June 30, 2015; Progress Illinois
When politicians are deadlocked and unable to compromise, everyone suffers. The fallout over a failure to agree on spending hits non-profits, which disproportionately rely on public funding, particularly hard, as the situation in Illinois illustrates.
Some 300 Illinois non-profits joined forces and urged the state’s governor and legislature this past week to “work together to pass a fair, adequate and fully-funded” budget before the new fiscal year starts. That obviously did not happen as of July 1.
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The plea came in the form of a letter, according to Progress Illinois, a website covering state politics, funded by the Service Employees Union International, which has a big stake in both state government and the non-profit sector. Non-profit leaders are concerned over the budget uncertainty and the possible layoffs and service reductions if a state spending plan is not adopted.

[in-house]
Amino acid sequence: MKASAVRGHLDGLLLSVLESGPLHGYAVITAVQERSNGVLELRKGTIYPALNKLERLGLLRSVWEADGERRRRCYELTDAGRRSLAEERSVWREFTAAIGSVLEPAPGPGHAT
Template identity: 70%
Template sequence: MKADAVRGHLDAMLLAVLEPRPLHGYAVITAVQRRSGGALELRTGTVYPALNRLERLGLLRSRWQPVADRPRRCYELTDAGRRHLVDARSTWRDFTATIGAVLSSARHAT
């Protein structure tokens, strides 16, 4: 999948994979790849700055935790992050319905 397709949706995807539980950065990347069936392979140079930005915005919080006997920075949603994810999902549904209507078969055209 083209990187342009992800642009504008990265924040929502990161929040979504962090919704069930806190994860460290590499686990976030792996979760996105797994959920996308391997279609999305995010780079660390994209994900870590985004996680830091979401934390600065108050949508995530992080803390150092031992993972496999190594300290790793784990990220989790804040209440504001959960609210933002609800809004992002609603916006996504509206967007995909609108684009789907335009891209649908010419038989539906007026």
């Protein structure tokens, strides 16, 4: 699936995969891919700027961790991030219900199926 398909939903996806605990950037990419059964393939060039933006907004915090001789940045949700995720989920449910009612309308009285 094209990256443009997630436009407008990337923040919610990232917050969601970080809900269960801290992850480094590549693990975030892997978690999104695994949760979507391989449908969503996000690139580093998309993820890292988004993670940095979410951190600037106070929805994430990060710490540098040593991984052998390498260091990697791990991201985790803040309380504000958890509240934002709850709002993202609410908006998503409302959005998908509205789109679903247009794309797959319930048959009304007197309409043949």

“Lacking direction from state agencies, nonprofits have no idea how much state funding they can expect or when that funding might begin,” the letter reads. “As a result, nonprofits across the state have no choice but to contemplate and, in some cases execute, plans to terminate services, lay off staff, and close service sites . . . If the state defaults on its responsibility to provide nonprofits with some level of fiscal certainty and adequate funding so that they can operate using sound business practices, we all pay the price in the short- and long-term.”
Illinois’ Republican governor and Democratic leaders are deadlocked over a budget for the 2016 fiscal year. The government faces at least a partial government shutdown beginning this month.—Larry Kaplan